Ahead of the front seats, you essentially get the same interior as in Accord sedans. The instrument panel is a bit on the cluttered side, and audio and climate controls can be difficult to figure out in the dark, but we like the materials and tactility of the knobs and buttons. Center console compartments feel strong and sturdy, and there are several small cubbies in front for the driver.

Dual-zone climate control, cruise control, a 360-watt sound system, and a tilt/telescopic steering wheel with audio controls are included in all Crosstours, while the EX-L, as tested at $35,480, included leather upholstery, front heated seats, a HomeLink garage-door opener, and heated mirrors, among many additional features, plus the navigation system with rearview camera system.

If the idea of a sedan-like ride and a slightly higher driving position—plus, possibly, a little more cargo utility—sounds like a compelling formula, take another look inside. Then again, size it up from the outside. You just might like what you see.

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Comments (10)
  1. No sorry, not feeling it. To take an Accord and make it that heavy, with much worse gas mileage and much less visibility... all for slightly more room for stuff in the back (as long as it's not tall or wide) just doesn't add up. Add to that Honda's really questionable recent styling direction and you have the makings of a problem, not a success. The front and rear genuinely look as if they were designed by two separate committees. For some reason the look reminds me of a '79 AMC Eagle hatchback... though it could be argued that the Eagle design was better executed.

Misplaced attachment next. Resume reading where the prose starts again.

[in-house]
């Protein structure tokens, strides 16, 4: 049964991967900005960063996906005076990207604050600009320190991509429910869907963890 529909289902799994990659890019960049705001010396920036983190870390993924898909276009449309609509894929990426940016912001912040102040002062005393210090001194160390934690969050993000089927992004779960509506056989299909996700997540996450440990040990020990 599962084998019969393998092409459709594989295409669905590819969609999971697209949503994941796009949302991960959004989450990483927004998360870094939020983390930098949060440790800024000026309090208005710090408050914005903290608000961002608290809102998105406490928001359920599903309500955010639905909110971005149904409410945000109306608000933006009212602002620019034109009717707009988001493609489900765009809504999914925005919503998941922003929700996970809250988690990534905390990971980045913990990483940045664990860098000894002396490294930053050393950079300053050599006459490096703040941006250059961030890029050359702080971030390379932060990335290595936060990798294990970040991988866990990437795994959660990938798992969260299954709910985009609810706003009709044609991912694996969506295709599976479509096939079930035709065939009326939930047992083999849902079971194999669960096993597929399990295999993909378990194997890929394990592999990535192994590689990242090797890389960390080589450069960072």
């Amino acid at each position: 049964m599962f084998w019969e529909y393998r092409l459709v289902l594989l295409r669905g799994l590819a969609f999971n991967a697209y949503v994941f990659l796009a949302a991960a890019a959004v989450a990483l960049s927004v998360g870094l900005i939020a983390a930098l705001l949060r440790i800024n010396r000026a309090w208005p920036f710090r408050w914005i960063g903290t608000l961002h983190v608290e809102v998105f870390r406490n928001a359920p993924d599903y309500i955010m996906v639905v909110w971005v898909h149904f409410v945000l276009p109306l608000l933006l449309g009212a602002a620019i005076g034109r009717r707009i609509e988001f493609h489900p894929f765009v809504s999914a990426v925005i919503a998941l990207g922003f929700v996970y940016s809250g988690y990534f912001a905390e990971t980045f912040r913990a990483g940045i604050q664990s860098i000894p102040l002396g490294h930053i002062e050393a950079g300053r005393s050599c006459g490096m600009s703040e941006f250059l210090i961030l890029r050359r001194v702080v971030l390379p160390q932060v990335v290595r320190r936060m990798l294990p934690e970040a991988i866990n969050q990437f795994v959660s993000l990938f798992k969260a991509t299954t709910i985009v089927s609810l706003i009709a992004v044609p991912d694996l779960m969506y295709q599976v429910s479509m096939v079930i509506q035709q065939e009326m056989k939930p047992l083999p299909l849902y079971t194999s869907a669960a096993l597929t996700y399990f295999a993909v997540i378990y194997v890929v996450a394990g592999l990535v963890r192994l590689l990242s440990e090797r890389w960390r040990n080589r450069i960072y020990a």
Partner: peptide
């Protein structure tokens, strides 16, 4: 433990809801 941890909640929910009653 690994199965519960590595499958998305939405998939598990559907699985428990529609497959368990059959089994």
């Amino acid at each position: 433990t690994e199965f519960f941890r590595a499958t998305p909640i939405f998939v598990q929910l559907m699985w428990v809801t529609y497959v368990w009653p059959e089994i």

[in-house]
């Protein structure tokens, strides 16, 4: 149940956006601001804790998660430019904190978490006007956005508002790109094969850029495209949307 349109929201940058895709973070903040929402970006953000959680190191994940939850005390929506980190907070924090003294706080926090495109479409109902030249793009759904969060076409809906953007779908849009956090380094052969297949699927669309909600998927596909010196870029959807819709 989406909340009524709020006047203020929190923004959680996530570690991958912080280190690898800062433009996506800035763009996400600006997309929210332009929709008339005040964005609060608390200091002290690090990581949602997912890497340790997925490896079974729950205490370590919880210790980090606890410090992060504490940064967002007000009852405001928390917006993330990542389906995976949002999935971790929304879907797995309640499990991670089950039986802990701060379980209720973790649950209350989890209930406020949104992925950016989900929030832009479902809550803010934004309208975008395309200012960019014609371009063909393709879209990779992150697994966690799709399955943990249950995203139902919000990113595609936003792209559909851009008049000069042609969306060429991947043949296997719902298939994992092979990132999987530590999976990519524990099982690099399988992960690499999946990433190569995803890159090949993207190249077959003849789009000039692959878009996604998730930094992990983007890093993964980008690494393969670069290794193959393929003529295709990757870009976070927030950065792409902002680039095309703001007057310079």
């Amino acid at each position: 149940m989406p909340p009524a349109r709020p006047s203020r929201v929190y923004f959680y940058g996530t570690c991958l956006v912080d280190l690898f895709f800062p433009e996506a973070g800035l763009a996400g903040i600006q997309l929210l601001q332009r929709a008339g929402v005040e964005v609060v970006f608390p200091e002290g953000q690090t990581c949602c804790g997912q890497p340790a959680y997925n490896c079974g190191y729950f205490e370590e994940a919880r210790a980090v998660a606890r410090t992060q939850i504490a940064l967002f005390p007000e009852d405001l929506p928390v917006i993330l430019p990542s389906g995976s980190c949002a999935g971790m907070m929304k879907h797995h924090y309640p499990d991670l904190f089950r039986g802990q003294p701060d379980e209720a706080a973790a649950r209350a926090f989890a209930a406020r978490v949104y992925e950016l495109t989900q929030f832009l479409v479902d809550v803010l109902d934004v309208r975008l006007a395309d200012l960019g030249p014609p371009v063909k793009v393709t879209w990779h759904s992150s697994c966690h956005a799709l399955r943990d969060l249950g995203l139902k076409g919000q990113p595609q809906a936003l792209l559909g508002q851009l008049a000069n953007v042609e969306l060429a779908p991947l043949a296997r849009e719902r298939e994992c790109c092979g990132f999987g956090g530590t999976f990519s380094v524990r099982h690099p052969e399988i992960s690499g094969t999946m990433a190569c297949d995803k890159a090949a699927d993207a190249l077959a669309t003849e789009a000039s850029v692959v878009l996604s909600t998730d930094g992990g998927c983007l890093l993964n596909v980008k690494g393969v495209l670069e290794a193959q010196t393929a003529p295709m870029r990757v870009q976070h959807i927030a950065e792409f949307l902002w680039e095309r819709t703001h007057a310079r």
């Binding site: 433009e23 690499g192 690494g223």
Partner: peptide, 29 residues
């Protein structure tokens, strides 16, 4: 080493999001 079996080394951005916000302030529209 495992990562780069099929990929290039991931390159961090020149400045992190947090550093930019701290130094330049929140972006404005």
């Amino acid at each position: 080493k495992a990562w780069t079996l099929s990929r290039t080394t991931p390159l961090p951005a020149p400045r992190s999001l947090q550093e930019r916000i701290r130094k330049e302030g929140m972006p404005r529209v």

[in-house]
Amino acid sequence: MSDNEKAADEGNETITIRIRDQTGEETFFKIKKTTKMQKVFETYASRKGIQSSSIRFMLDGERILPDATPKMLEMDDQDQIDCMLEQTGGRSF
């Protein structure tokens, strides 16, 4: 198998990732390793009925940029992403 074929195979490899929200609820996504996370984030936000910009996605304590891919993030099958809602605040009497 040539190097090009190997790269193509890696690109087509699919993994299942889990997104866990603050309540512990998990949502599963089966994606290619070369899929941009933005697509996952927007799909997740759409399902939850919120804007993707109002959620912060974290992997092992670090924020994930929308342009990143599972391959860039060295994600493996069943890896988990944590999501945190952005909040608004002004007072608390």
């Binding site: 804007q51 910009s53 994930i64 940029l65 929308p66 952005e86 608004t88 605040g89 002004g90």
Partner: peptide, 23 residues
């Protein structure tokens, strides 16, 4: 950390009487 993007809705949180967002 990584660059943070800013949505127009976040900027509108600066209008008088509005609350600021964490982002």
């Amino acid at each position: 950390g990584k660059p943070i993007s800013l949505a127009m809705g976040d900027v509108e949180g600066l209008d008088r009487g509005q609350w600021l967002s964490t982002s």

2. This proves you can make a good car better!

  3. I could see this whole package going over a lot better if they'd made it more Outback-like...

  4. Agree with Edward. They seem to have gone so far to make this Not A Station Wagon that they lost a lot of the utility of a tall upright car-thing. Heavier, worse mileage, no four, and a narrow rear load compartment? Sorry, Honda: #FAIL.